Fir trees "milking moisture from the fog

This reminds me a story…Years ago when Judy and I were camping in the country parks in Hawaii we had a partly empty air mattress on the back seat of our car – we drove from sealevel to the top of Mt. Haleakala on the island of Maui. We reached the top, and when I looked in the back seat, the air mattress had expanded almost to the busting point – Expansion due to elevation change and change in atmospheric pressure…

In the moist fog zone the growth is some thick it forms a jungle

Sunday Don, his daughter, two friends and I returned to Mt. Tamalpais – but now the sun was brilliant and the forest was filled with green leaves, sunbeams, and bird songs – it was a marvel! Tracy and her friends are young adults, very comfortable in their San Francisco life style – but with an impressive worldview – We share a deep love of nature, of wild green places, of lichens, and ferns, of the myriad forest plants and creatures… it is such a pleasure to see the forest through their eyes.

Community of lichens:(click to open)

They are involved with a group of young urbanites that in addition to their professional lives enjoy the process of creating community within the midst of the city – It is part of a movement found in other urban areas. I have heard it called “localism”. At regular times, the group gathers as a person's garden and working together, they give it a total creative redo – training and empowering the owner/renter to maintain the garden as a place of beauty and perhaps practical food production. Then after working together they enjoy good food and continue an on-going Kendama competition. To learn about Kendama - go here:

Sunday afternoon we collected samples of windfall lichens and mosses to be used in gardens or terrarium construction. I love the form and variety of lichens and so I have a lot in common with them.

Crustose Lichens growing on an exposed rock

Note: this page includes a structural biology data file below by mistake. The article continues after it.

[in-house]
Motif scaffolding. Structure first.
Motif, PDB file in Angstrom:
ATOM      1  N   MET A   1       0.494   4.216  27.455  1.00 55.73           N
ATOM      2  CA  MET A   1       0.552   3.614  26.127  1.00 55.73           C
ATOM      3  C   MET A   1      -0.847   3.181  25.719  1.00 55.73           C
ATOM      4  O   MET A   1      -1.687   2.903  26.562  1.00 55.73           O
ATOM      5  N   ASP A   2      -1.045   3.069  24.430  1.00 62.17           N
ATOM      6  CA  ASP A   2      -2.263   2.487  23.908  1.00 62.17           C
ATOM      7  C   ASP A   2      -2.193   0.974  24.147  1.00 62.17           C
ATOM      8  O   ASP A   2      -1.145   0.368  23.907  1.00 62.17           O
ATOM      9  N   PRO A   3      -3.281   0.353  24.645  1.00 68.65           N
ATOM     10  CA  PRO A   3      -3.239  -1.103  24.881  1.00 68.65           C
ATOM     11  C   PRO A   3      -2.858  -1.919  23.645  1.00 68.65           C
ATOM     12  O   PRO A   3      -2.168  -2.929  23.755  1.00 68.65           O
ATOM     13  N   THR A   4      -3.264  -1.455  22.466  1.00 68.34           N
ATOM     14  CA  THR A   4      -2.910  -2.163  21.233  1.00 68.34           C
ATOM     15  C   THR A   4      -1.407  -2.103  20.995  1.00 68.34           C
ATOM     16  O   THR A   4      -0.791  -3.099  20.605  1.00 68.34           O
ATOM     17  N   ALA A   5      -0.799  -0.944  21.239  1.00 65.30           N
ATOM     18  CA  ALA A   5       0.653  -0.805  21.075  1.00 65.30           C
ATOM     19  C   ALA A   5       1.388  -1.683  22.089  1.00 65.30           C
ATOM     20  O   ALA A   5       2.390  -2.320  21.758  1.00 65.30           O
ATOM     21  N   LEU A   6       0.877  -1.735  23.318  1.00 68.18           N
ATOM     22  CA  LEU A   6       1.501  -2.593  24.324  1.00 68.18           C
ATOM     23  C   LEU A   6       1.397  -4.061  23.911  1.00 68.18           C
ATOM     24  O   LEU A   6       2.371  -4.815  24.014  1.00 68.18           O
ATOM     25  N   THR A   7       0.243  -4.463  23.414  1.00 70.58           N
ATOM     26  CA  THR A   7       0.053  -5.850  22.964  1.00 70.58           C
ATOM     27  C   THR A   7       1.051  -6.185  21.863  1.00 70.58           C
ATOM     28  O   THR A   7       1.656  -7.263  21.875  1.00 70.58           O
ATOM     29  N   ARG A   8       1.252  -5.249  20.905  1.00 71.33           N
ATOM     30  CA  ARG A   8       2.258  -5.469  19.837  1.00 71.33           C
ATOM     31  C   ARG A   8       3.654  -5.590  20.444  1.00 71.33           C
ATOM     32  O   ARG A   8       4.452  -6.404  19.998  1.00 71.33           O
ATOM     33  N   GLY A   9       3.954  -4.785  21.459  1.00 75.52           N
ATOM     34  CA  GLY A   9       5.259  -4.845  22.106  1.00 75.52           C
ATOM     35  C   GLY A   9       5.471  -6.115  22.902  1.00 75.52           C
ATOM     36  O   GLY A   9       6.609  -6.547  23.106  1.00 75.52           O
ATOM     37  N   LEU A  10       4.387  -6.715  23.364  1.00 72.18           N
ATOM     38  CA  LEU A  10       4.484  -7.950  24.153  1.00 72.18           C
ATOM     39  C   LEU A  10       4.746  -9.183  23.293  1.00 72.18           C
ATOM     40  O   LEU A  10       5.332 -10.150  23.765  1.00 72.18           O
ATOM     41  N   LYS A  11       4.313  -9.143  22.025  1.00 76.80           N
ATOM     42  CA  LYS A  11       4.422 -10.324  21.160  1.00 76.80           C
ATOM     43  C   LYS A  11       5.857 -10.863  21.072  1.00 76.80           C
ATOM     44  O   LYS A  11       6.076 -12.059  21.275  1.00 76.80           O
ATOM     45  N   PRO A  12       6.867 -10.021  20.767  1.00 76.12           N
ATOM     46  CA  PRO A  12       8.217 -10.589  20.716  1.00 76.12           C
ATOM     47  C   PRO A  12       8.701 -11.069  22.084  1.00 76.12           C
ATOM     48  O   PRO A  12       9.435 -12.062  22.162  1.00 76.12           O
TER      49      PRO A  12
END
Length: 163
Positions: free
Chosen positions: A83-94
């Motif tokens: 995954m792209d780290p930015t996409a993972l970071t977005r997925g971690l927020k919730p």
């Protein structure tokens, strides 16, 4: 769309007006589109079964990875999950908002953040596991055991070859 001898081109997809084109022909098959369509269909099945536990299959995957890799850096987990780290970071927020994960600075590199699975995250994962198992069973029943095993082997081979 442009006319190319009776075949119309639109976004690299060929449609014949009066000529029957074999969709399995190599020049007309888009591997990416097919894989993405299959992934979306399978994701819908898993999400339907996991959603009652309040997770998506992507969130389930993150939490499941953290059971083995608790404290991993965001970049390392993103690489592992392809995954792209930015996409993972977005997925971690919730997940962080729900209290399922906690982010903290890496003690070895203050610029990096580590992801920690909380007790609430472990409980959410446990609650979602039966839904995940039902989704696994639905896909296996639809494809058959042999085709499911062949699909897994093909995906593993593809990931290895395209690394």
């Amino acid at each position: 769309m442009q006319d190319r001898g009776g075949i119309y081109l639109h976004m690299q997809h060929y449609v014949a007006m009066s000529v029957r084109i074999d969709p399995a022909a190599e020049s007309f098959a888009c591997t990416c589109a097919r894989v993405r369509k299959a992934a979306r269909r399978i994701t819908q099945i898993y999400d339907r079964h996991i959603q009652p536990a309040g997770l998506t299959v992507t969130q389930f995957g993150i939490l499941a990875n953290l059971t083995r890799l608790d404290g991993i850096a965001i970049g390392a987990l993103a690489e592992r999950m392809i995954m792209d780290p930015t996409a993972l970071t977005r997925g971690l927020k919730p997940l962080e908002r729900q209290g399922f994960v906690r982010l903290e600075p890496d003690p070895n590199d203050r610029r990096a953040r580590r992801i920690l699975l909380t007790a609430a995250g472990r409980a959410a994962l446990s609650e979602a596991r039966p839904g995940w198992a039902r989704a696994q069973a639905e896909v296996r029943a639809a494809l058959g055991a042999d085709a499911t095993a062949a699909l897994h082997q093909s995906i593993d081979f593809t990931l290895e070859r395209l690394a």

Later in the week Judy and I drove past Muir wood:– It is a beautiful stand of coastal redwood trees only a short hop from the urban centers of the Bay Area … What we saw was unbelievable! It was 10AM, a weekday morning, and the parking lot was full – the large overflow parking area was full – the street parking for a mile in each direction was full. This is a statement about the human desire to relate with the natural world. (The area is quite small so I fear that with these many visitors the pathways would be as crowded as a city sidewalk).

A large bolder of serpentine rock - slopes of Mt. Tamalpais (detail view)

It is also a statement about human population and how it has grown. I think of redwood forests as landscapes where the only sounds are raucous scrub jays and the gentle rustle of wind in the top branches. It is a place of bright yellow 8 inch banana slugs and a whole ecosystem of small plants and animals dependent on the shade and moisture that are part of this environment. I wish all of these people could experience the real beauty and peace of the wild forest in a more leisurely setting...

Pacific Sideband Snail (Monadenia fidelis )

Links of the week;

1. Our national crisis is still unresolved - I recommend the daily New York Times editorials for a helpful perspective: Here is a sample:

2. The budget debate, these past weeks, has sucked all the air out of the news cycle. We are so on overload with one issue that a number of critically important news topics have slipped past us. The issue of changes to our environmental controls can affect our environmental and health for years to come:

I think Mr. Murdock is also thanking his lucky stars that the budget debate took the spot light off him...

3.We are so democratic in this country that we feel that all sides of an issue should be given equal hearing - even when knowledge and reason are lacking from one side... Read this: